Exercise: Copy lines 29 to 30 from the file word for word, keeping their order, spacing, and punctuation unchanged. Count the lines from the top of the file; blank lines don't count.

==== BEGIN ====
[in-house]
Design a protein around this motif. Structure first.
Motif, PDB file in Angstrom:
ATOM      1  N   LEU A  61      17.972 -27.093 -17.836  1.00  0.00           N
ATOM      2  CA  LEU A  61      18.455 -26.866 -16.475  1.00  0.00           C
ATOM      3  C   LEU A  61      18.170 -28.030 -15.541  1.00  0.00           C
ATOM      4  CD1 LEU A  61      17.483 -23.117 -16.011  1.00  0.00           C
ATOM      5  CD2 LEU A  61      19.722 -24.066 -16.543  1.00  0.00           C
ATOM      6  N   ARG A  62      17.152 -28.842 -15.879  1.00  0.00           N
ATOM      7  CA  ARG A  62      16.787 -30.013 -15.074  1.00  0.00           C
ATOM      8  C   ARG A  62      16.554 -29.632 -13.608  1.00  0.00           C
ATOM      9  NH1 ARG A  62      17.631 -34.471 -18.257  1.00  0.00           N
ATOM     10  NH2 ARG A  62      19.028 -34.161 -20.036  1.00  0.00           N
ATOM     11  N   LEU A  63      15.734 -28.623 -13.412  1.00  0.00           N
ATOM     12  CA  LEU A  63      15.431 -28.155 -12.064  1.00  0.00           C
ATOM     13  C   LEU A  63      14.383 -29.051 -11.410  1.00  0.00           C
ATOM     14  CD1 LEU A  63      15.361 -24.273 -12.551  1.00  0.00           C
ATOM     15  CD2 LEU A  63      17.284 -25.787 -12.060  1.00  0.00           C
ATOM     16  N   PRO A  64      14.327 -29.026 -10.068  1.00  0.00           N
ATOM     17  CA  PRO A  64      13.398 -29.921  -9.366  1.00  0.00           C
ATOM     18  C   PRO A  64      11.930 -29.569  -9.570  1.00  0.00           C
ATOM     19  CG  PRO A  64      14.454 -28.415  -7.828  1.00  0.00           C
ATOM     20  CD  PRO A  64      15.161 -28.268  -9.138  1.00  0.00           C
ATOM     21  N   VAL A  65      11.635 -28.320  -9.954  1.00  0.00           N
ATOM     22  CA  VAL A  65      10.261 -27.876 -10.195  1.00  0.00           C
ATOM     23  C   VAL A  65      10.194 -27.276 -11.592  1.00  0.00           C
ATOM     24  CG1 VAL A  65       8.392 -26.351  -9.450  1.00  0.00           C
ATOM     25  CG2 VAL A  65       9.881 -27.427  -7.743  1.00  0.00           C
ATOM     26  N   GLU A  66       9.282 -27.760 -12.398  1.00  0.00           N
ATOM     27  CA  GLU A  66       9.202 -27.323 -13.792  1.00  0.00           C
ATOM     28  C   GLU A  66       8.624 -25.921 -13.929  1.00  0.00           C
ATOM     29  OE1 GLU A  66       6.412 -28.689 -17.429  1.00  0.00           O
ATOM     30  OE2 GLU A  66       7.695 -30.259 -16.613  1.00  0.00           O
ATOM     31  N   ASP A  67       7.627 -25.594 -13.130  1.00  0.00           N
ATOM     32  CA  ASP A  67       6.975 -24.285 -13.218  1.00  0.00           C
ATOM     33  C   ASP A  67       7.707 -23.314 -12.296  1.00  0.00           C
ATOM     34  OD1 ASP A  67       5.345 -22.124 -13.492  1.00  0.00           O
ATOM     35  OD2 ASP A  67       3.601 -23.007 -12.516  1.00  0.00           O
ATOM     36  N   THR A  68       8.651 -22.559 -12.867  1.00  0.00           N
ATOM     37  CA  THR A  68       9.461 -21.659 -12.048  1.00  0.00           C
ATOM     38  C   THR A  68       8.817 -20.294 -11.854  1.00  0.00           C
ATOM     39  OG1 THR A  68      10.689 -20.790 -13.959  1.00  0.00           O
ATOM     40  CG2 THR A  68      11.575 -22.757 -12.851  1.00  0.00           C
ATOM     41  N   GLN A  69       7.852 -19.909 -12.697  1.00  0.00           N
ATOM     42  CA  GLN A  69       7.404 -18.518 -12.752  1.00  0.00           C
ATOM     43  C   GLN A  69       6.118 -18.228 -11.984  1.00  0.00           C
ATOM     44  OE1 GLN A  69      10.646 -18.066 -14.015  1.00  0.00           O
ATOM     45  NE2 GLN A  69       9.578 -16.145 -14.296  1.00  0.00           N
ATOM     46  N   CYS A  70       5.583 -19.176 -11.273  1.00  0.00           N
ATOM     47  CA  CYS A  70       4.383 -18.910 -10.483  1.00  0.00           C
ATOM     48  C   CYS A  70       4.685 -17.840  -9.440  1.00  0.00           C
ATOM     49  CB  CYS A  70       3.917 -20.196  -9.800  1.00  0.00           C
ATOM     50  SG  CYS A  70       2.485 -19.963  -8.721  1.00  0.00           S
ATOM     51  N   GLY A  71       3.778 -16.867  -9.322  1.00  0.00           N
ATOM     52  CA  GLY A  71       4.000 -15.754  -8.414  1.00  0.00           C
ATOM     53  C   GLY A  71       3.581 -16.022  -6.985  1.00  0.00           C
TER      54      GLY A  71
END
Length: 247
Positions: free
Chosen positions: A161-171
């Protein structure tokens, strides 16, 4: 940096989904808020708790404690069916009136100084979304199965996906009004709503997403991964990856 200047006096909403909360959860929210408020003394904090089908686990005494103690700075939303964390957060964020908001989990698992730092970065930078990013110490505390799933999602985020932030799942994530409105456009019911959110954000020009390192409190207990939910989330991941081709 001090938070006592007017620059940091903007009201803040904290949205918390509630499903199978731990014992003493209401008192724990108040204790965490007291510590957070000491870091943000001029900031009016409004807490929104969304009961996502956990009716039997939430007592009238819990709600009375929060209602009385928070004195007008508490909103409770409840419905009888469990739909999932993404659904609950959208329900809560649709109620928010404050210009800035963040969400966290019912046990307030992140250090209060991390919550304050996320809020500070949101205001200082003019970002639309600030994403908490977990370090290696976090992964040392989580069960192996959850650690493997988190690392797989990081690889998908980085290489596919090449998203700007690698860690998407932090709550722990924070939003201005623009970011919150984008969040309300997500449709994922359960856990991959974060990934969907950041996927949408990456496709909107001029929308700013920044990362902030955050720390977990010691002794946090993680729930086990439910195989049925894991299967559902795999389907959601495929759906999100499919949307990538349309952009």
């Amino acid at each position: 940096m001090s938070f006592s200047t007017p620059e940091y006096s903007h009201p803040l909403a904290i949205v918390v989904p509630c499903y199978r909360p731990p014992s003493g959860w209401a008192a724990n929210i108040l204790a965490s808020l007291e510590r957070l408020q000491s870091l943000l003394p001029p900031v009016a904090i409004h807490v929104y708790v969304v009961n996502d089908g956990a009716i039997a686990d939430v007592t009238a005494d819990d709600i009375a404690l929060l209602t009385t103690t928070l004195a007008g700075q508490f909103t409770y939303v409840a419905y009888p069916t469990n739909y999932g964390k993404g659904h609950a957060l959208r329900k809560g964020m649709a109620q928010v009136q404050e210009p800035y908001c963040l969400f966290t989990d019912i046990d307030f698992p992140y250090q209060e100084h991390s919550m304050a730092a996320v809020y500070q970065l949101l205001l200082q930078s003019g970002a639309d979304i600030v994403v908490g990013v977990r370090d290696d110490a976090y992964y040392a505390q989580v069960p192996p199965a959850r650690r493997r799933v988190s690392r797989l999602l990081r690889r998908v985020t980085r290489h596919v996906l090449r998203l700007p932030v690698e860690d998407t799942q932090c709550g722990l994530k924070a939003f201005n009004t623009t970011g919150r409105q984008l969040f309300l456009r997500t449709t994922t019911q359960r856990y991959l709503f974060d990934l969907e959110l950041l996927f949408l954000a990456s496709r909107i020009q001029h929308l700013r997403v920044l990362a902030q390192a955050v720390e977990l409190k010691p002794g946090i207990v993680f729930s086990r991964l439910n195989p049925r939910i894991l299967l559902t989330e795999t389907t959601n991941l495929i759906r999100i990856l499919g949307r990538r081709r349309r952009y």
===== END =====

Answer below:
ATOM     26  N   GLU A  66       9.282 -27.760 -12.398  1.00  0.00           N
ATOM     27  CA  GLU A  66       9.202 -27.323 -13.792  1.00  0.00           C